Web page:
Last Monday I attended the first in a series of five concerts in the Swannanoa Chamber Music Festival series at the Greenville Fine Arts Center. Just as last year, which was its first season at the Greenville venue, this was a feast of the finest in chamber music. This particular concert featured the Tesla String Quartet and Inessa Zaretsky, piano (and festival organizer); I especially enjoyed the hearfelt and spirited playing of the violist. And I've been thinking about violas a lot recently, for another reason.
In my perusings through blogland—and I do enjoy reading blogs, especially the ones in which artists give instructions in making things, such as a beautiful crackle weave blanket on four shafts, a handbound book with a new stitch, or a killer pizza—I have noticed that bloggers frequently add a flourish, with the word "voilà" at the end, to indicate "ta-da, we are successful".
Now, that's all well and good, and the fancy flourish of a French word is permissible. We all do it. It expresses our enthusiasm on completing a task. But I should tell you here that I was a French major, and I feel the spirits of Mme Hoffman and Professor Collignon hovering over me even now. And when I see the way people toss around versions of the word voilà, it causes me a headache, un vrai mal de tête.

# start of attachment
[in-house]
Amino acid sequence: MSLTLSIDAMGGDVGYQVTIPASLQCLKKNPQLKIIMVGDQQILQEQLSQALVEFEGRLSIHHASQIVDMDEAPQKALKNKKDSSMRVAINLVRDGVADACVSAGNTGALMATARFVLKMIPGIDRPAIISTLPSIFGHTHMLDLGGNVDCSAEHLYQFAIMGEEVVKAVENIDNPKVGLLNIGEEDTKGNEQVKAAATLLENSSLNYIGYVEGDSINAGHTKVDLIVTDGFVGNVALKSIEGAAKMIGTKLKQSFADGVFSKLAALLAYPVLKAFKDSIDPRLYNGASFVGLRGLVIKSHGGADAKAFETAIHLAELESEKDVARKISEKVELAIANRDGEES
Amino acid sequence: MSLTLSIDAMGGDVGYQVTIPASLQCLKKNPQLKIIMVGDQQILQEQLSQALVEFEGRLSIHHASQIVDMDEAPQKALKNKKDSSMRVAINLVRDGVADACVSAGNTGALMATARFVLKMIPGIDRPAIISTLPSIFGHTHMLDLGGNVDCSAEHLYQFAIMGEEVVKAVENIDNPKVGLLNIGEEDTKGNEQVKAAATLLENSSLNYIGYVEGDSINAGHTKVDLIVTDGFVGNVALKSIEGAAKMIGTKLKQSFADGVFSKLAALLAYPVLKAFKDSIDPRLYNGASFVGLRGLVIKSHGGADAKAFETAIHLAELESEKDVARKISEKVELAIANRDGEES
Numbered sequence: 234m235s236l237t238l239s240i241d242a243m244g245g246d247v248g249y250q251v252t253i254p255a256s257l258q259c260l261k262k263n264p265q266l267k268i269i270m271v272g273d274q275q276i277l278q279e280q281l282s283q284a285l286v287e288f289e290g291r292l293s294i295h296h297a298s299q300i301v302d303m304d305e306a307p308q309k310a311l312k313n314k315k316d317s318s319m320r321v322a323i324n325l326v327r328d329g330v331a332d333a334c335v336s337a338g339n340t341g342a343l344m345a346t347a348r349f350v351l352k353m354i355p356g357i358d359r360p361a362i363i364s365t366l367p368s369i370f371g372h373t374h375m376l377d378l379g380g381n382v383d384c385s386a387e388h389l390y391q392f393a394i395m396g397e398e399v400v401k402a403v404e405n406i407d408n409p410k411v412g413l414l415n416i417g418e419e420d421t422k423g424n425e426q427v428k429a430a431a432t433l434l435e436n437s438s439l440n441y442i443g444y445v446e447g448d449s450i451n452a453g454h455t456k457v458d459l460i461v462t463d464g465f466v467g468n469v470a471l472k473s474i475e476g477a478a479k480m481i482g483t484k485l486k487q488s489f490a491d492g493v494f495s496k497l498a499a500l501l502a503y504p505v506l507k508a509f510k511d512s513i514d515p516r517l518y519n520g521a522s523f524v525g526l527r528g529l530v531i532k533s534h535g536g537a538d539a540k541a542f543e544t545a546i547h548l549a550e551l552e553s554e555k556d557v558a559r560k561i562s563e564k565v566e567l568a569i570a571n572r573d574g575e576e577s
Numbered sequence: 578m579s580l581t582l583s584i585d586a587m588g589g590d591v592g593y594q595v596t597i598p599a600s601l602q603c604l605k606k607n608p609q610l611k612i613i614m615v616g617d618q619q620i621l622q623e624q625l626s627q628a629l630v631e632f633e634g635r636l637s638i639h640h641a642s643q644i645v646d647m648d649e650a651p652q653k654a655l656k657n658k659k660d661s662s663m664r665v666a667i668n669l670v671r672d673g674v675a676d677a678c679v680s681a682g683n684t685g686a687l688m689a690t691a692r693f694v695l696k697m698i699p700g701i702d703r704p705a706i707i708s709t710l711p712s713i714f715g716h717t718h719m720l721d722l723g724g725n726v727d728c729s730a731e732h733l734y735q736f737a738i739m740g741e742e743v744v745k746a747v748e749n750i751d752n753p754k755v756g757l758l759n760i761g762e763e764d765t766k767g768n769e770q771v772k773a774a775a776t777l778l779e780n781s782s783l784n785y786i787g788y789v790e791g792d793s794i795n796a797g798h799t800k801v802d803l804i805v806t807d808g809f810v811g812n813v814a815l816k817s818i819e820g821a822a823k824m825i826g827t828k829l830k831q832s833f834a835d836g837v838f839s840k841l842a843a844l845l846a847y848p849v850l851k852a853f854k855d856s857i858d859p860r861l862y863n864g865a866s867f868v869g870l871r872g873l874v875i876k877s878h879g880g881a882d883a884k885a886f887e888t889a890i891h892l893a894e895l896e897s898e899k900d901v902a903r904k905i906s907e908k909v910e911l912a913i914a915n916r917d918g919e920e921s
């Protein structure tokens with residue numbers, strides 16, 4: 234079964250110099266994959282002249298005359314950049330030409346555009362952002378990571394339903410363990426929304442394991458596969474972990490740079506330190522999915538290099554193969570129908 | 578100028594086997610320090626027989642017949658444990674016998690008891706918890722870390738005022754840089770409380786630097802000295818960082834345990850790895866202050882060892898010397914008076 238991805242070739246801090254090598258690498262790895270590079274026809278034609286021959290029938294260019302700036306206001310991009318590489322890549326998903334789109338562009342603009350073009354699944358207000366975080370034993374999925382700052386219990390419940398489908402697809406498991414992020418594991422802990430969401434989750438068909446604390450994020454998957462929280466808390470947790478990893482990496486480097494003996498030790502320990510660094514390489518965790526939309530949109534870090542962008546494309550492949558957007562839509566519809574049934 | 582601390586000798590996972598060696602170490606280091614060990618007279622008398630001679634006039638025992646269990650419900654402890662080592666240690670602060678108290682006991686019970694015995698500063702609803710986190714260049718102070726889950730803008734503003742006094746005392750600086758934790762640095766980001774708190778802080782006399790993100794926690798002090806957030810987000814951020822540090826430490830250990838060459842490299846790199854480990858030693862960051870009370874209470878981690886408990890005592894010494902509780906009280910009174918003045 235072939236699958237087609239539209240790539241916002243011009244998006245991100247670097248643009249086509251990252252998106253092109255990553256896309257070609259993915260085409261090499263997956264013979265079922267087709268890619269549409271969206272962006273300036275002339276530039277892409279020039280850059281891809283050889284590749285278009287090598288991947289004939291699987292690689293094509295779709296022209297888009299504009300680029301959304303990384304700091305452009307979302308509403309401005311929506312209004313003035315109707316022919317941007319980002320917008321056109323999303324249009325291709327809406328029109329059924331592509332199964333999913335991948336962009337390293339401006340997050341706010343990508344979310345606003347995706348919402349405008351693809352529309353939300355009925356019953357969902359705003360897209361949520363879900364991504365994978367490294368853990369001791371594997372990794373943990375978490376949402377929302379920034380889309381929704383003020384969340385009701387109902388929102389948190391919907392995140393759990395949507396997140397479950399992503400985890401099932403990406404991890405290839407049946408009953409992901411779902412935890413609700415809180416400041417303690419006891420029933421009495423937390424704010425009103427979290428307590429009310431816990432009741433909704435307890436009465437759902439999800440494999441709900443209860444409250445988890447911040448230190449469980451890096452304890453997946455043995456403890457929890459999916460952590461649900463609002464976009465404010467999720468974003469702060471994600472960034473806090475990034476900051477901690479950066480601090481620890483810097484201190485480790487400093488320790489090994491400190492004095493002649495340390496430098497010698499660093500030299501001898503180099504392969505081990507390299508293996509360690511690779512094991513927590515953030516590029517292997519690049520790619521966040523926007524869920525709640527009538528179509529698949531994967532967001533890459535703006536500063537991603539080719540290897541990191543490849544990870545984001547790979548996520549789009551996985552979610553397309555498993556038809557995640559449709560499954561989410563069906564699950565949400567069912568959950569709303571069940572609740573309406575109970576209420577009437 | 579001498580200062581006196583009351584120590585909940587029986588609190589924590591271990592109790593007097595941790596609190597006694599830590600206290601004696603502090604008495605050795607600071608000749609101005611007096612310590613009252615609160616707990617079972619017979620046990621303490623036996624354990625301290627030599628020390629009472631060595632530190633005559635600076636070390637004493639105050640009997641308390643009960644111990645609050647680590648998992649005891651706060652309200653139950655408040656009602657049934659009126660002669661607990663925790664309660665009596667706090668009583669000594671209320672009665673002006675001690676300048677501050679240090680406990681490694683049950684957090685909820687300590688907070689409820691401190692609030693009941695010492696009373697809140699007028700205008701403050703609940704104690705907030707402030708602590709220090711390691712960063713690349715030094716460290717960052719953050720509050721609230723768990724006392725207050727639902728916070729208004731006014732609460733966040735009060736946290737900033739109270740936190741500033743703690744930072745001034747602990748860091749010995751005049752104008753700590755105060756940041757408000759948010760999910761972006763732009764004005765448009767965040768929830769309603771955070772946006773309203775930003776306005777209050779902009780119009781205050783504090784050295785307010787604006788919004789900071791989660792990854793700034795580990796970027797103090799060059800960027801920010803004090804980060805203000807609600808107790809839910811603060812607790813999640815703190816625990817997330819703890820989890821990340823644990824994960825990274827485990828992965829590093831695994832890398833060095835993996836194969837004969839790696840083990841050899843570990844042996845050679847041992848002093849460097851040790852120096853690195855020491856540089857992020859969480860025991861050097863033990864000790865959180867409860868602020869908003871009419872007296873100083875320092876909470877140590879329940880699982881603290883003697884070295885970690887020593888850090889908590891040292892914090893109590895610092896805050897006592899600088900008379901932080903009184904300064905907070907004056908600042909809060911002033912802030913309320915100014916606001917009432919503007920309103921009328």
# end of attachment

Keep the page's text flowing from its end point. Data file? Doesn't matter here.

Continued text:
Some use the wrong accent, as in voilá. Non, non, non! Others leave the accent off entirely, as in voila. That I can forgive. Some of them use an English transliteration, sidestepping the accent issue entirely, as in wah la! That rings oddly on my francophile ears. But the one that leaves me crying mon Dieu is viola! My friends, this is a viola:
Voilà: a viola!